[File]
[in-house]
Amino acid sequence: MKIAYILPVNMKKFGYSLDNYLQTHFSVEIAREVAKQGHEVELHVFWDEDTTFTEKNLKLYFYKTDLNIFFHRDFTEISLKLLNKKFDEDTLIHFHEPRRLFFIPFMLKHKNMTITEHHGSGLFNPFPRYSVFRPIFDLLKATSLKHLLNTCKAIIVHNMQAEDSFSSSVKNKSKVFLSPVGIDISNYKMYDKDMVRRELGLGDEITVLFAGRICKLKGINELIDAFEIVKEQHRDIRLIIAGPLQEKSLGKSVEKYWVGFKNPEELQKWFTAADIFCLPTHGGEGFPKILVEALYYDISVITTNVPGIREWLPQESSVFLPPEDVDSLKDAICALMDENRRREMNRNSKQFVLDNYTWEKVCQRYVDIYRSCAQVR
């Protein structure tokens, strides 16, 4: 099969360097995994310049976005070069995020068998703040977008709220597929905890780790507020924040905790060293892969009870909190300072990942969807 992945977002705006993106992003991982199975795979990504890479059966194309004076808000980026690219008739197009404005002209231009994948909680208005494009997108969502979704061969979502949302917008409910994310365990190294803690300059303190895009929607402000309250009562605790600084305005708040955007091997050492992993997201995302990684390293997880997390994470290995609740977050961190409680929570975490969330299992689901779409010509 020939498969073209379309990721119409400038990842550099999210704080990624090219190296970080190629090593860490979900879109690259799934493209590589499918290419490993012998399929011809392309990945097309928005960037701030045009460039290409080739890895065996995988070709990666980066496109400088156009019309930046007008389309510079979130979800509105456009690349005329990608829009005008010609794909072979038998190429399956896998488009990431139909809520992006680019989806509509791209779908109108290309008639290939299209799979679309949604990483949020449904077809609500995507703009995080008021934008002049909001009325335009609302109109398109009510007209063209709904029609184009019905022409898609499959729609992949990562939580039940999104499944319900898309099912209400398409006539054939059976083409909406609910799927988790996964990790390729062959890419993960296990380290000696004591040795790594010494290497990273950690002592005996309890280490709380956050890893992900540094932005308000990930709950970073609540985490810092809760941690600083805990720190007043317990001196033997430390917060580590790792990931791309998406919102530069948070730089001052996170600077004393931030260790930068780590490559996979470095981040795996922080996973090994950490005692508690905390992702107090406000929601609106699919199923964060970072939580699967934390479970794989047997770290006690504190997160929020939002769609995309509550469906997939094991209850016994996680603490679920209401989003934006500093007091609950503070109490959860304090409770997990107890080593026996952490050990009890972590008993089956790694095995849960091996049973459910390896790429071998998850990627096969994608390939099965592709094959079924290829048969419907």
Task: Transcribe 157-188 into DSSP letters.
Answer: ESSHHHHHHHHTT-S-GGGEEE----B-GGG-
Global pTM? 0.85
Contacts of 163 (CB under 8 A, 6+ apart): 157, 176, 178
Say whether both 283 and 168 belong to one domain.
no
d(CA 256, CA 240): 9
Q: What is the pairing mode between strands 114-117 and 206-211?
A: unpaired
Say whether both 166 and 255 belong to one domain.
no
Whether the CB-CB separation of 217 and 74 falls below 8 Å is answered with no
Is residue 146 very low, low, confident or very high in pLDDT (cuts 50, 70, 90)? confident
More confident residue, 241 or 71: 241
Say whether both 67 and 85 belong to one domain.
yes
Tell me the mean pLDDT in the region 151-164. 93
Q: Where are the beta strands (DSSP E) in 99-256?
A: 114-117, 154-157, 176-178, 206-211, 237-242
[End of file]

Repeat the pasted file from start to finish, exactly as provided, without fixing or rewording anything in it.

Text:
[in-house]
Amino acid sequence: MKIAYILPVNMKKFGYSLDNYLQTHFSVEIAREVAKQGHEVELHVFWDEDTTFTEKNLKLYFYKTDLNIFFHRDFTEISLKLLNKKFDEDTLIHFHEPRRLFFIPFMLKHKNMTITEHHGSGLFNPFPRYSVFRPIFDLLKATSLKHLLNTCKAIIVHNMQAEDSFSSSVKNKSKVFLSPVGIDISNYKMYDKDMVRRELGLGDEITVLFAGRICKLKGINELIDAFEIVKEQHRDIRLIIAGPLQEKSLGKSVEKYWVGFKNPEELQKWFTAADIFCLPTHGGEGFPKILVEALYYDISVITTNVPGIREWLPQESSVFLPPEDVDSLKDAICALMDENRRREMNRNSKQFVLDNYTWEKVCQRYVDIYRSCAQVR
């Protein structure tokens, strides 16, 4: 099969360097995994310049976005070069995020068998703040977008709220597929905890780790507020924040905790060293892969009870909190300072990942969807 992945977002705006993106992003991982199975795979990504890479059966194309004076808000980026690219008739197009404005002209231009994948909680208005494009997108969502979704061969979502949302917008409910994310365990190294803690300059303190895009929607402000309250009562605790600084305005708040955007091997050492992993997201995302990684390293997880997390994470290995609740977050961190409680929570975490969330299992689901779409010509 020939498969073209379309990721119409400038990842550099999210704080990624090219190296970080190629090593860490979900879109690259799934493209590589499918290419490993012998399929011809392309990945097309928005960037701030045009460039290409080739890895065996995988070709990666980066496109400088156009019309930046007008389309510079979130979800509105456009690349005329990608829009005008010609794909072979038998190429399956896998488009990431139909809520992006680019989806509509791209779908109108290309008639290939299209799979679309949604990483949020449904077809609500995507703009995080008021934008002049909001009325335009609302109109398109009510007209063209709904029609184009019905022409898609499959729609992949990562939580039940999104499944319900898309099912209400398409006539054939059976083409909406609910799927988790996964990790390729062959890419993960296990380290000696004591040795790594010494290497990273950690002592005996309890280490709380956050890893992900540094932005308000990930709950970073609540985490810092809760941690600083805990720190007043317990001196033997430390917060580590790792990931791309998406919102530069948070730089001052996170600077004393931030260790930068780590490559996979470095981040795996922080996973090994950490005692508690905390992702107090406000929601609106699919199923964060970072939580699967934390479970794989047997770290006690504190997160929020939002769609995309509550469906997939094991209850016994996680603490679920209401989003934006500093007091609950503070109490959860304090409770997990107890080593026996952490050990009890972590008993089956790694095995849960091996049973459910390896790429071998998850990627096969994608390939099965592709094959079924290829048969419907």
Task: Transcribe 157-188 into DSSP letters.
Answer: ESSHHHHHHHHTT-S-GGGEEE----B-GGG-
Global pTM? 0.85
Contacts of 163 (CB under 8 A, 6+ apart): 157, 176, 178
Say whether both 283 and 168 belong to one domain.
no
d(CA 256, CA 240): 9
Q: What is the pairing mode between strands 114-117 and 206-211?
A: unpaired
Say whether both 166 and 255 belong to one domain.
no
Whether the CB-CB separation of 217 and 74 falls below 8 Å is answered with no
Is residue 146 very low, low, confident or very high in pLDDT (cuts 50, 70, 90)? confident
More confident residue, 241 or 71: 241
Say whether both 67 and 85 belong to one domain.
yes
Tell me the mean pLDDT in the region 151-164. 93
Q: Where are the beta strands (DSSP E) in 99-256?
A: 114-117, 154-157, 176-178, 206-211, 237-242